Vascular endothelial growth factor (VEGF) has been implicated as a major paracrine mediator of glioma angiogenesis [5–13]. While a variety of peptide growth factors, such as basic fibroblast growth factor (bFGF), acidic fibroblast growth factor (aFGF), transforming growth factors alpha and beta (TGF-α, TGF-β), and hepatocyte growth factor (HGF), has been identified in malignant glioma specimens, levels of VEGF correlate best with microvessel density . Moreover, the inhibition of VEGF/VEGF receptor interactions using neutralizing monoclonal antibodies, anti-sense and retroviral strategies has been shown to inhibit angiogenesis and growth of human glioblastoma cells in flank models of glioblastoma [8,10–12]. One study has also demonstrated the efficacy of ex vivo antisense inhibition of VEGF in the inhibition of angiogenesis and glioma growth in an orthotopic model .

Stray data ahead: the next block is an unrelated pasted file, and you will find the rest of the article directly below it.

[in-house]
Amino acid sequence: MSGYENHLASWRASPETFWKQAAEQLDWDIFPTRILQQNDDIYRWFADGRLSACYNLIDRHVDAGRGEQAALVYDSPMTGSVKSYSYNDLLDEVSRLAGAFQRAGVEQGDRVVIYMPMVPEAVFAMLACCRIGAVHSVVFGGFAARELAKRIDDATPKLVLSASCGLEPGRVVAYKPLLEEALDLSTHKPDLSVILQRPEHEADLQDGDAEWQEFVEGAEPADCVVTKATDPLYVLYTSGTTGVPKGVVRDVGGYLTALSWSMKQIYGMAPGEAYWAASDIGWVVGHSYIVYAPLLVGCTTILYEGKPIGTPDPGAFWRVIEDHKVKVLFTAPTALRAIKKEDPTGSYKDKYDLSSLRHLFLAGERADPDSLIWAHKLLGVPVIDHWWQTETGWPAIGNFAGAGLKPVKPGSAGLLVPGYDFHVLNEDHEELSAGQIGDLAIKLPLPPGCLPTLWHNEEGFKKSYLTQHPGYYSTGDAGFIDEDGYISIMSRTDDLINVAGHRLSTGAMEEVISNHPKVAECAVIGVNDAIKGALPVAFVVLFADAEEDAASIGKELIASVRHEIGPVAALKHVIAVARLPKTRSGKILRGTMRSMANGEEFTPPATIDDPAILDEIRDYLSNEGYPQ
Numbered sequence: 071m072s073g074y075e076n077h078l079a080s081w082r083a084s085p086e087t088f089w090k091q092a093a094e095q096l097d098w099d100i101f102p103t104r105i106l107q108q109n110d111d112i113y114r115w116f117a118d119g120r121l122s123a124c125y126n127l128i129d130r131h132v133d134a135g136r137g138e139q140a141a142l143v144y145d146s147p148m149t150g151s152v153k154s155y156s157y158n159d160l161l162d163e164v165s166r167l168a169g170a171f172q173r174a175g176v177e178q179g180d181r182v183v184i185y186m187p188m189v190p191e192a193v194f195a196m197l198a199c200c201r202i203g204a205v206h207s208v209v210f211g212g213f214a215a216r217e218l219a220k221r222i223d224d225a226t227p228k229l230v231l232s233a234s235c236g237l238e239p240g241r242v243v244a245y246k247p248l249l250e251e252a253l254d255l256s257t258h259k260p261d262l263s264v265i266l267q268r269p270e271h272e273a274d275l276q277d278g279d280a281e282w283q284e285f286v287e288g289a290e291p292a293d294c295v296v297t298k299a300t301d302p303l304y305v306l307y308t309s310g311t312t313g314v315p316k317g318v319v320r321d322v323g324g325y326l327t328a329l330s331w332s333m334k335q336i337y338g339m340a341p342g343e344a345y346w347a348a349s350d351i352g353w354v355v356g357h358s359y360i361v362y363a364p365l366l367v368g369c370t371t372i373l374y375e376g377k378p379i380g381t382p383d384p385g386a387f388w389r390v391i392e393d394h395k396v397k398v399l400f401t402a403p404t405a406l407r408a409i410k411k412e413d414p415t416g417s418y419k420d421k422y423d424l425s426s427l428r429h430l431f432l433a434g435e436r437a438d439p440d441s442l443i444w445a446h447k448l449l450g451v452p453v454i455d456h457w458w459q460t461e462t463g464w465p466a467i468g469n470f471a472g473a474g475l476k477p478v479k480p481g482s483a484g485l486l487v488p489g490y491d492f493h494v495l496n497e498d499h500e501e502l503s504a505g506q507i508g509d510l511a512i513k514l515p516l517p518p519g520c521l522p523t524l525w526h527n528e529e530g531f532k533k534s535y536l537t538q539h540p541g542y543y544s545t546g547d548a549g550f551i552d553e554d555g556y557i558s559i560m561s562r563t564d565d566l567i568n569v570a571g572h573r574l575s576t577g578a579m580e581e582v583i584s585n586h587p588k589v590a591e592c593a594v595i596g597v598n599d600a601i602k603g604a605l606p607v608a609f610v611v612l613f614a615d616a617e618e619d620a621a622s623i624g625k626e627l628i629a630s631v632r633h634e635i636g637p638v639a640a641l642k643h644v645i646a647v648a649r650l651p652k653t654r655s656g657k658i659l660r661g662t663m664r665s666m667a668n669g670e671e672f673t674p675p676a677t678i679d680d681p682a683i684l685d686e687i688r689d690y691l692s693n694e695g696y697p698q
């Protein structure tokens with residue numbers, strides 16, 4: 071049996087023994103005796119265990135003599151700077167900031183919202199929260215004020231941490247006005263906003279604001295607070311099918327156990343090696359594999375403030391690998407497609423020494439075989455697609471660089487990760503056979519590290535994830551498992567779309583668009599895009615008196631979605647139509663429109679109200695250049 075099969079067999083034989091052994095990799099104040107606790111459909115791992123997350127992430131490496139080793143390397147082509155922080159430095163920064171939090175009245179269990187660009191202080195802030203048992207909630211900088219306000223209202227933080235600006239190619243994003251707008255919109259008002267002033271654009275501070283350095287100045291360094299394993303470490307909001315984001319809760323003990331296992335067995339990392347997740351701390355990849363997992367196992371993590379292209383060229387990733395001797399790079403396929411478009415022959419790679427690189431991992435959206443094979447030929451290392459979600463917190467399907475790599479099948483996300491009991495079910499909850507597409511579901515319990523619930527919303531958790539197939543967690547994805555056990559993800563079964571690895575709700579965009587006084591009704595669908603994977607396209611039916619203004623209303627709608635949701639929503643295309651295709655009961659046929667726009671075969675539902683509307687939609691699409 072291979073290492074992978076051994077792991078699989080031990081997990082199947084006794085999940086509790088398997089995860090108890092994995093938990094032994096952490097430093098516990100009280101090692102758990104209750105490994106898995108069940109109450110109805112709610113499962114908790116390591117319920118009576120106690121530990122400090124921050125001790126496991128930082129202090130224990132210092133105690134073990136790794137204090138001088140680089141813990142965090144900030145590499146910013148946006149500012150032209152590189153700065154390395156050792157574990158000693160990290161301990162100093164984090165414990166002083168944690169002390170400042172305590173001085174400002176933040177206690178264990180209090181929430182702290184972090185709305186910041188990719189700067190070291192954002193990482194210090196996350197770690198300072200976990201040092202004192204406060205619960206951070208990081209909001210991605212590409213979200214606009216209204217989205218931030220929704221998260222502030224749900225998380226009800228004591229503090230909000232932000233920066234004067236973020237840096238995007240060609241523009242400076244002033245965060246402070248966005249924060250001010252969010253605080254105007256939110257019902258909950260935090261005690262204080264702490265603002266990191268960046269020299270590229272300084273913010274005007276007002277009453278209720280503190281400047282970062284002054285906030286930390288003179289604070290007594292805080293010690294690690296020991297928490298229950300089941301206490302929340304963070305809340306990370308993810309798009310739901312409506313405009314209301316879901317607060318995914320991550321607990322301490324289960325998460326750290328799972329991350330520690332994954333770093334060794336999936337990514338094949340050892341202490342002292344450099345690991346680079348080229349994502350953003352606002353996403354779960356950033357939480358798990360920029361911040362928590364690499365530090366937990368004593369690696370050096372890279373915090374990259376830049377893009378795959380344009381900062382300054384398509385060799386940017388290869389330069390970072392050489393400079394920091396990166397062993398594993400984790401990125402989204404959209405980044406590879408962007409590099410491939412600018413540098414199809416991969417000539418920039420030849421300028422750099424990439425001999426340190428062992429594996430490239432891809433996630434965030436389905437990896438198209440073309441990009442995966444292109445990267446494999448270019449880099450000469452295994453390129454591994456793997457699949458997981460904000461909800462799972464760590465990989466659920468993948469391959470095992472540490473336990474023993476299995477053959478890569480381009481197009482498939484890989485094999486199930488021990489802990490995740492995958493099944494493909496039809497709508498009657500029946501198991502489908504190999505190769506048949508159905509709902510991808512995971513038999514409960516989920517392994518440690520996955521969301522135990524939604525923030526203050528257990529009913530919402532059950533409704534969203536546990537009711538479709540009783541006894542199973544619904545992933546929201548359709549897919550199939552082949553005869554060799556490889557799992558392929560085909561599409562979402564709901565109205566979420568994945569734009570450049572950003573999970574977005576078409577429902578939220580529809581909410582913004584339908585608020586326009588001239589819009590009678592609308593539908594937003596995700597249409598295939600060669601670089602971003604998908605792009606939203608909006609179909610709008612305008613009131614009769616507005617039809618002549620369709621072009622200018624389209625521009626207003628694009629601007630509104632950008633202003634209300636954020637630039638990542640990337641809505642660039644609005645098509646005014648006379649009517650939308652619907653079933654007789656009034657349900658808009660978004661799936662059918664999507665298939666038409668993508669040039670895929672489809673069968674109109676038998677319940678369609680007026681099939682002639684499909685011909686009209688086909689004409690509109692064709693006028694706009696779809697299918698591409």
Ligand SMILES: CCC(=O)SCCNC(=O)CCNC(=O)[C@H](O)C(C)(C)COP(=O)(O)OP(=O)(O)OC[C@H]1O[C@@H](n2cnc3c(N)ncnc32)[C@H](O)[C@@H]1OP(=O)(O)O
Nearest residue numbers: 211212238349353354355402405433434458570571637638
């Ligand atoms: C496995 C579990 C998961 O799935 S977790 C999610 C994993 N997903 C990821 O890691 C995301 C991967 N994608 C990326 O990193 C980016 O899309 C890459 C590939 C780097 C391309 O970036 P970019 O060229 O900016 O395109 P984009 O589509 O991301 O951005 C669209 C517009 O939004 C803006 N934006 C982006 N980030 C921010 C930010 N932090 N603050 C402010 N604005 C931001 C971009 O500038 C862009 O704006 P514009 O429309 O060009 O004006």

Interactions between tumor cells and their normal microenvironment are critically important in the biology of cancer cells and have been shown to be associated with important regulatory events in gene expression in tumor cells . For example, vitronectin, a major constituent of the extracellular matrix in malignant astrocytomas, has been shown to be produced by tumor xenografts specifically when implanted in the normal brain environment, not when grown in the subcutaneous compartment of the dorsal flank . In addition, endothelial cells in different vascular beds express unique antigens and have distinct angiogenic properties . To date, no study has determined the efficacy of pharmacologic inhibition of VEGF in the treatment of human glioblastoma tumors in an orthotopic environment. We have, therefore, performed an analysis on the outcome of systemic administration of a neutralizing antibody against human VEGF  in the treatment of intracranial glioblastoma cells stereotactically implanted in the striatum of adult athymic rats.